Lucille Clifton (1936-2010) American poet and children’s author, whose poetry was first published by Langston Hughes in his anthology The Poetry of the Negro in 1970. She won the 1996 Lannan Literary Award for Poetry, the 2000 National Book Award for Poetry for Blessing the Boats: New and Selected Poems, and the 2007 Ruth Lilly Poetry Prize. Her many poetry collections include Good Woman: Poems and a Memoir,  Next: New Poems, and Two-Headed Woman, which were all nominated for the Pulitzer Prize in Poetry.


The Spirituals speak

by Monica Hand

With their many tongues, we were the one language
       they could each speak
Even the masters understood underneath hump and hale,
       labor of the load
We healed the numbing made

Even when she abandoned us for the music of bars and sex,
       you could hear
Spirit in her sway, watch her feet remember stomping
Her body ring shouts

We made her we un-troubled the waters became her balm in Gilead
A deep down light in her darkest days we a band of angels
Come to take her home

 “The Spirituals speak” from me and Nina, © 2012 by Monica Hand – Alice James Books

Monica Hand (1953-2016) American poet, author of The DiVida Poems and me and Nina, which won the 2010 Kinereth Gensler Award. After a thirty-two-year career with the U.S. Postal Service, she received an MA in poetry and translation from Drew University in 2011. In 2012 she moved to Columbia, Missouri, to pursue a PhD at the University of Missouri. Hand received a fellowship from Cave Canem and served as a founding member of the poetry collective Poets for Ayiti. She died at age 63 in 2016.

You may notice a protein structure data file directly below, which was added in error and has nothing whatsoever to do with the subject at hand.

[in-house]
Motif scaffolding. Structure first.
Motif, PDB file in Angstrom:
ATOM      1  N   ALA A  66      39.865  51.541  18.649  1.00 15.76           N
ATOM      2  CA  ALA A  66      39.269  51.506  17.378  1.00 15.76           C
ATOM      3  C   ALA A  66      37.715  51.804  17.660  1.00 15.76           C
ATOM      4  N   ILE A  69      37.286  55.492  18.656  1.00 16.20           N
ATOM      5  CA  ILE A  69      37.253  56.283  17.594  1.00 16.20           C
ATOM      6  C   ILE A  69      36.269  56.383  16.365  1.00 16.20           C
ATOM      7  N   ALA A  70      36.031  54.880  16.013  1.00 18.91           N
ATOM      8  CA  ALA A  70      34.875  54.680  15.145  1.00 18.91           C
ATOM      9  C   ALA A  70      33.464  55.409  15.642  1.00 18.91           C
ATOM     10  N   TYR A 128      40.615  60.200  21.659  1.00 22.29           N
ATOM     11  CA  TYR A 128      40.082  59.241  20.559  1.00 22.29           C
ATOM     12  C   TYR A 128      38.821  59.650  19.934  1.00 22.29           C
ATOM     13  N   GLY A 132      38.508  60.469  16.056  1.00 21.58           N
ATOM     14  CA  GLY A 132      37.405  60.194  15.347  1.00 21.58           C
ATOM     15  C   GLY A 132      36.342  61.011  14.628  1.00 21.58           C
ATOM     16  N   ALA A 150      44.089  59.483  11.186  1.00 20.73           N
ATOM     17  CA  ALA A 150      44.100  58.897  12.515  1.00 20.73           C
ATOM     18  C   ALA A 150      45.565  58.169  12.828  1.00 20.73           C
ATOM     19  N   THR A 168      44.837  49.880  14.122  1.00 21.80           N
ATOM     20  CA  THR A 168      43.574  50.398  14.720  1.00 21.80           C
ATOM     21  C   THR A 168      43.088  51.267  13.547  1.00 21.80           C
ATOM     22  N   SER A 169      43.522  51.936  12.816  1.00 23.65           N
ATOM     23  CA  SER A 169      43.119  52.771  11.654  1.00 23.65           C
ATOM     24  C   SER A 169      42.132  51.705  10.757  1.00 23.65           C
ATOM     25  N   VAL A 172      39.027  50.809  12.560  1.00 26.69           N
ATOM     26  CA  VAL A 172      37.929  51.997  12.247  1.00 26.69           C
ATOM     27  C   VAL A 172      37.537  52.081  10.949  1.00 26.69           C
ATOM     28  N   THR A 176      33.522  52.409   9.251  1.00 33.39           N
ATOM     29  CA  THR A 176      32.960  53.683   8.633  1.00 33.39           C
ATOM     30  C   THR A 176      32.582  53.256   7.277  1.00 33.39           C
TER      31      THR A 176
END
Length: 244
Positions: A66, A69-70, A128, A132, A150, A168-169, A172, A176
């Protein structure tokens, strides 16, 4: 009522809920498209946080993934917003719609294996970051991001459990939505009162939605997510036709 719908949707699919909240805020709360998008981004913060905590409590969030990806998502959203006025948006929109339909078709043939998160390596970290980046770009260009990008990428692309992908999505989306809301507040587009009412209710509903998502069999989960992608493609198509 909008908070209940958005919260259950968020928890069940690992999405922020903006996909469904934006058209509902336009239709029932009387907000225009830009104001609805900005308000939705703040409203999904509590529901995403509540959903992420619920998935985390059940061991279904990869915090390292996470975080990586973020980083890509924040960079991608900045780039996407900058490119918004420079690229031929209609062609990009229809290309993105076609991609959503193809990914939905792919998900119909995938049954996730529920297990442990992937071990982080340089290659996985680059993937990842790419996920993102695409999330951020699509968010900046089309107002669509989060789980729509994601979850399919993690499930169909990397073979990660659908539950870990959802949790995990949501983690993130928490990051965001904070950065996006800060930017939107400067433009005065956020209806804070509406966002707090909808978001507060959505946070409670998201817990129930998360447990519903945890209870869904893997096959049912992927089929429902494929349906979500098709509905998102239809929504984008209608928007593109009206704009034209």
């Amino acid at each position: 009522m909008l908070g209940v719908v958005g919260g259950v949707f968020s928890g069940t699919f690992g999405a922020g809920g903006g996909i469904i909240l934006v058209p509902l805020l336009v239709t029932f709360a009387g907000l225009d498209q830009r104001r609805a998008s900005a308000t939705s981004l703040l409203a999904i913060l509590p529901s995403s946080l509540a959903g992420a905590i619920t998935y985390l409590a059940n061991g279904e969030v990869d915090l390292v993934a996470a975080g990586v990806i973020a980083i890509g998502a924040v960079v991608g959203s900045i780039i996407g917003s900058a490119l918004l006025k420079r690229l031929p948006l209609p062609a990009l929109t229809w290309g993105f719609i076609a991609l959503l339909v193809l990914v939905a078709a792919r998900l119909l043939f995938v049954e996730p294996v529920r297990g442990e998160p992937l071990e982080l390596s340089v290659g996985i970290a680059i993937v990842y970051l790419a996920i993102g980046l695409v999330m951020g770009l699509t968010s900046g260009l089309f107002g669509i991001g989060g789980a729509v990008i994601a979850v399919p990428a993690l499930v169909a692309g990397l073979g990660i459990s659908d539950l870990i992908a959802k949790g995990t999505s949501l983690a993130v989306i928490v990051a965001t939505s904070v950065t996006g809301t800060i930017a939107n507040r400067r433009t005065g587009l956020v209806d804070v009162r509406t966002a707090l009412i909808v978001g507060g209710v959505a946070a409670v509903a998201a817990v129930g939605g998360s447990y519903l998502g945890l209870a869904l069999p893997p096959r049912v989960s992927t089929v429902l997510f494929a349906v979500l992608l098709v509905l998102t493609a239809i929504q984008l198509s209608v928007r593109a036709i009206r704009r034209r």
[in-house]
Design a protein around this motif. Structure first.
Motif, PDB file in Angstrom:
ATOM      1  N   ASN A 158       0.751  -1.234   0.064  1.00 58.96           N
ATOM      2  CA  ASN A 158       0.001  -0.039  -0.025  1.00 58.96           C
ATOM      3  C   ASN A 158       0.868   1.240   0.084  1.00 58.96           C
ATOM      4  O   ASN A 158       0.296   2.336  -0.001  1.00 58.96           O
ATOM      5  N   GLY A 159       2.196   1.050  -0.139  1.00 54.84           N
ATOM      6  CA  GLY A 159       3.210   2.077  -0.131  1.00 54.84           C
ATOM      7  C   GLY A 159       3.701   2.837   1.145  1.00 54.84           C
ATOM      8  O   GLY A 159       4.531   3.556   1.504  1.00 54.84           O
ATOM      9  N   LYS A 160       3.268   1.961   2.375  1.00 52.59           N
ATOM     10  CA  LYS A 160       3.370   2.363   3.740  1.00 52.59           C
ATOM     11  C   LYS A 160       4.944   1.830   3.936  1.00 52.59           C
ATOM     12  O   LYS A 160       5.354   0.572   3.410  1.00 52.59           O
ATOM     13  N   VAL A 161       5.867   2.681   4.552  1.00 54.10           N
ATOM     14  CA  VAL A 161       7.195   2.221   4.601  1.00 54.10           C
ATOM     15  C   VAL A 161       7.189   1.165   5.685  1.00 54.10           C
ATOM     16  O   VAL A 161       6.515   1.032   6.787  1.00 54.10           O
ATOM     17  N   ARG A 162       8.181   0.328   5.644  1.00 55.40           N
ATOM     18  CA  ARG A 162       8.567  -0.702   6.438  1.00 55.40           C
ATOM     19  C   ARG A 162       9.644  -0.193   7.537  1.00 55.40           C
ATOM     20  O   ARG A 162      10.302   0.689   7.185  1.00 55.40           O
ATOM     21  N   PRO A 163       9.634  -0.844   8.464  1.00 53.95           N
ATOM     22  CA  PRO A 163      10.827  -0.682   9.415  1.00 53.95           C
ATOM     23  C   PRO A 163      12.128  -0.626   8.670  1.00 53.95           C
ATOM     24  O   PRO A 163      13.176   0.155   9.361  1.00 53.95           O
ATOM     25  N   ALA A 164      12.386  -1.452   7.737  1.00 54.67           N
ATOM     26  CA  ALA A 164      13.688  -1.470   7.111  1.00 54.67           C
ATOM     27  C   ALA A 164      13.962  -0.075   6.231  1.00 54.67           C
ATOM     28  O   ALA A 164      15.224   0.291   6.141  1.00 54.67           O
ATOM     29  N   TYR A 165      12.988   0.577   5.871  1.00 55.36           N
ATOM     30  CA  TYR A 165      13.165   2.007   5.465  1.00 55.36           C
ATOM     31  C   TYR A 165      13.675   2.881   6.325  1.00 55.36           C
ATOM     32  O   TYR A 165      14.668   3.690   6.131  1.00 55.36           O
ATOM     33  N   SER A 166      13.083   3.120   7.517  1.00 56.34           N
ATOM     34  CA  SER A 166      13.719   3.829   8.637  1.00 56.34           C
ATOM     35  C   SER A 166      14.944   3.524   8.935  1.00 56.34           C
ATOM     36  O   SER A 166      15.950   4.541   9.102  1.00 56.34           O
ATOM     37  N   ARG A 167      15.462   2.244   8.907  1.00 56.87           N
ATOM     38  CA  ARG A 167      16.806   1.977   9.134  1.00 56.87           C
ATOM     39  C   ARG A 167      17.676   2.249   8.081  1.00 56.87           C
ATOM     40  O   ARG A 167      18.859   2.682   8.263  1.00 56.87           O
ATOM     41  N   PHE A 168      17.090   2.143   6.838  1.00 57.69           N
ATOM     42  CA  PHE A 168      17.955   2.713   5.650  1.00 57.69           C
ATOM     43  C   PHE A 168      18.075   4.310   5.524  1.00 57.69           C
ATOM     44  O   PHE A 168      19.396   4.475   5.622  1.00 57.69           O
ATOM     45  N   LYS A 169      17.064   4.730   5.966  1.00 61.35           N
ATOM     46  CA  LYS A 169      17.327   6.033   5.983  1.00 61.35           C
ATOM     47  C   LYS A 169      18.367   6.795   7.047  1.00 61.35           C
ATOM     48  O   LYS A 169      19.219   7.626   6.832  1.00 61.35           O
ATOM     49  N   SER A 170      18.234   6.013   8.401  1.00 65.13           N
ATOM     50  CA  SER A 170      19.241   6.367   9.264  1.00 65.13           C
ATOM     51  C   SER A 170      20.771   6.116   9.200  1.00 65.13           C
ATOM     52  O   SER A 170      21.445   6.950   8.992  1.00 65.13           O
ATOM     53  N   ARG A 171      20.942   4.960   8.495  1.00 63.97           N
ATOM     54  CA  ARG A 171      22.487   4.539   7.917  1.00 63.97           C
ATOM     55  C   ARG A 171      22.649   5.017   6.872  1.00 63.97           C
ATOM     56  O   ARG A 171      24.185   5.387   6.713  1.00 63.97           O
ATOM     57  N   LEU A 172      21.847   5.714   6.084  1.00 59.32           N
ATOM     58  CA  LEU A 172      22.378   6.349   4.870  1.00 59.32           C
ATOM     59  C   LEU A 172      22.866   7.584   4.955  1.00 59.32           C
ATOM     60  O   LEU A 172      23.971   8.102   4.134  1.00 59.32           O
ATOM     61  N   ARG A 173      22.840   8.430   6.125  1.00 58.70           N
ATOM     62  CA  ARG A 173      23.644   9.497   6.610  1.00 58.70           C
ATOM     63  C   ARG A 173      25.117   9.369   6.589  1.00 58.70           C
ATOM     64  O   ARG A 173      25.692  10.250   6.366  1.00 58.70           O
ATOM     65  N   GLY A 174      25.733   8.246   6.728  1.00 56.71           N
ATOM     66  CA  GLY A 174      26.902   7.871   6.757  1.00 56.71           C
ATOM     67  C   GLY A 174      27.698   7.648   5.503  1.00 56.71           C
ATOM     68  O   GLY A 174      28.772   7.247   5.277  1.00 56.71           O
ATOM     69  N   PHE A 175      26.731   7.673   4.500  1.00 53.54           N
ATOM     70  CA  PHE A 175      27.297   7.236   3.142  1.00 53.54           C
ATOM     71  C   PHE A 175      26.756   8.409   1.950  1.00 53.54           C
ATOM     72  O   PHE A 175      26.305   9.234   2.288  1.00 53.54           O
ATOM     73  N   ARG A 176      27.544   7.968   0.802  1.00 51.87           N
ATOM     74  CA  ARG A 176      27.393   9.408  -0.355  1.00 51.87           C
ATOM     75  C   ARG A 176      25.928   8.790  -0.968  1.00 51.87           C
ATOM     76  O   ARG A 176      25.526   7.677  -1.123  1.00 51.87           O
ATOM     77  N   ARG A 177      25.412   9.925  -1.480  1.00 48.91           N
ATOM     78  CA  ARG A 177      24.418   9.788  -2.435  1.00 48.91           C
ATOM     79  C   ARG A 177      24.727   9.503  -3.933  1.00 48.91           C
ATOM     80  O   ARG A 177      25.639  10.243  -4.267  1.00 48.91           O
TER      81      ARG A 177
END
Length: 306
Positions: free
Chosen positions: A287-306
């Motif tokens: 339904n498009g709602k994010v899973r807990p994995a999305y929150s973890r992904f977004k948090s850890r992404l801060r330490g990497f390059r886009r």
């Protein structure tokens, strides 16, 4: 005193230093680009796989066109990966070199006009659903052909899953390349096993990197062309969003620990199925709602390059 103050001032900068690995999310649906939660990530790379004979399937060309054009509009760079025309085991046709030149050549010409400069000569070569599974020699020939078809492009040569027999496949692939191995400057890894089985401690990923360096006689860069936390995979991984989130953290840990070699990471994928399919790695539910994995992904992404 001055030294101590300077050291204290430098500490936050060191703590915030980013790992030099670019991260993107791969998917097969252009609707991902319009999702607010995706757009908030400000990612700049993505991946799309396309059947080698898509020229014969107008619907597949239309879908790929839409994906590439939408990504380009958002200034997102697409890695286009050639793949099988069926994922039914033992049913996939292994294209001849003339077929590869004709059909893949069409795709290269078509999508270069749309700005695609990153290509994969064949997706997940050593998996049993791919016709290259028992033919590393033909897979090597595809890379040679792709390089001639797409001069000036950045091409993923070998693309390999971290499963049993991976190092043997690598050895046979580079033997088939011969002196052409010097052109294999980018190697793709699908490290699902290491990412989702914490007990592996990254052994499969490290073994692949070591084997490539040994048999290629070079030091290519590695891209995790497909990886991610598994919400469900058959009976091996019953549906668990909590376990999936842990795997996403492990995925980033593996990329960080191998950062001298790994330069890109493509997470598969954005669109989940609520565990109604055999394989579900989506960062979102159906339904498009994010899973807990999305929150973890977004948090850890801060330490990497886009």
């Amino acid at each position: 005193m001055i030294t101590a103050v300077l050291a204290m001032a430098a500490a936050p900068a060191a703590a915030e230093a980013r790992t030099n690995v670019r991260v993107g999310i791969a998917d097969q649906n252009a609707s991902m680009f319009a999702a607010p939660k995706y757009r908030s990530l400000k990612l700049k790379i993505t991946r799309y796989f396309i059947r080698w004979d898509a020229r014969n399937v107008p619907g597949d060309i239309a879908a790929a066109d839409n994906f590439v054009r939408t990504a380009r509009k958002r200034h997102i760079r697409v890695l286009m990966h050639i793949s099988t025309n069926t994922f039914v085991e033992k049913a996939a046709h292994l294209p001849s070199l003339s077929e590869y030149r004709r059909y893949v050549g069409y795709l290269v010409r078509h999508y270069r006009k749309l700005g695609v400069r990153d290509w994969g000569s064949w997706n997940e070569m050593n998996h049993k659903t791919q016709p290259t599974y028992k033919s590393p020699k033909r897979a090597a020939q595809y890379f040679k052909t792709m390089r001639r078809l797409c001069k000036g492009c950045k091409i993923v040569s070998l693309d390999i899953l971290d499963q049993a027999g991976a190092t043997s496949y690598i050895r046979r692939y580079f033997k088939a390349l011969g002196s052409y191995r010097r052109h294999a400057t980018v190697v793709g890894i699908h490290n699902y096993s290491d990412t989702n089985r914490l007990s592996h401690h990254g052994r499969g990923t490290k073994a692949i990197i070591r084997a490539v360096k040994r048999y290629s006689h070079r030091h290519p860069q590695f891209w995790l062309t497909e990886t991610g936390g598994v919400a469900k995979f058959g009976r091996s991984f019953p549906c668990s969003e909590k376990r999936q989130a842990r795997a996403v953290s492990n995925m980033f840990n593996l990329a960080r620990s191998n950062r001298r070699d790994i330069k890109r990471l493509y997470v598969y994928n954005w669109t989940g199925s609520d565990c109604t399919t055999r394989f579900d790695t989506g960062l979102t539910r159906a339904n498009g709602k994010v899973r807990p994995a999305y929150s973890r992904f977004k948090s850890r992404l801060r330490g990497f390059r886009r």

by Rita Dove

      for Michael S. Harper

Billie Holiday’s burned voice
had as many shadows as lights,
a mournful candelabra against a sleek piano,
the gardenia her signature under that ruined face.

(Now you’re cooking, drummer to bass,
magic spoon, magic needle.
Take all day if you have to
with your mirror and your bracelet of song.)

Fact is, the invention of women under siege
has been to sharpen love in the service of myth.

If you can’t be free, be a mystery.

 “Canary” from Grace Notes, © 1989 by Rita Dove – W.W. Norton & Company, Inc.

Rita Dove (1952  – ) American poet; winner of the 1987 Pulitzer Prize for Poetry for her book Thomas and Beulah; U.S. Library of Congress Poet Laureate Consultant in Poetry, 1993-1995, the first African-American (after the title change from Poetry Consultant to Poet Laureate), and at age 40, the youngest poet to be appointed Poet Laureate by the Librarian of Congress. Her poetry collections include The Yellow House on the Corner, Mother Love, On the Bus With Rosa Parks, and American Smooth.


About wordcloud9

Nona Blyth Cloud has lived and worked in the Los Angeles area for over 50 years, spending much of that time commuting on the 405 Freeway. After Hollywood failed to appreciate her genius for acting and directing, she began a second career managing non-profits, from which she has retired. Nona has now resumed writing whatever comes into her head, instead of reports and pleas for funding. She lives in a small house overrun by books with her wonderful husband.